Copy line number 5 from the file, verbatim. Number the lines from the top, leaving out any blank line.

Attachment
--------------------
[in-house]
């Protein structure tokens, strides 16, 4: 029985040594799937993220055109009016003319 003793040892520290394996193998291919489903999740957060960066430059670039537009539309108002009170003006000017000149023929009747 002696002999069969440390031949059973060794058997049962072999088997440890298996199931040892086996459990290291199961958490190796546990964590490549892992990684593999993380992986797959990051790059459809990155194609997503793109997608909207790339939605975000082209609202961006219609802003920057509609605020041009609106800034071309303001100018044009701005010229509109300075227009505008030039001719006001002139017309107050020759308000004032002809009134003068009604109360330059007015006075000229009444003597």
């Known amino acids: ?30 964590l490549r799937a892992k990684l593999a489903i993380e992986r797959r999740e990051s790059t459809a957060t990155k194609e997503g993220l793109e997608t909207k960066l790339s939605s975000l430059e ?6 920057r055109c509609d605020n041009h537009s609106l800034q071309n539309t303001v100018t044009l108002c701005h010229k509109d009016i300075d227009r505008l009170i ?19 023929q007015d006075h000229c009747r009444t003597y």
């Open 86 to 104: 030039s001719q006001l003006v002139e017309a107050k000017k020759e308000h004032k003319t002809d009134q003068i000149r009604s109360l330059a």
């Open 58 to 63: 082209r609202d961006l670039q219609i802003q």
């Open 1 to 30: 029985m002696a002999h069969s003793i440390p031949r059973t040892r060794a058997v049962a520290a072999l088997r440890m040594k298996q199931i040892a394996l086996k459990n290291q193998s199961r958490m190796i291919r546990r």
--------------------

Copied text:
């Open 58 to 63: 082209r609202d961006l670039q219609i802003q």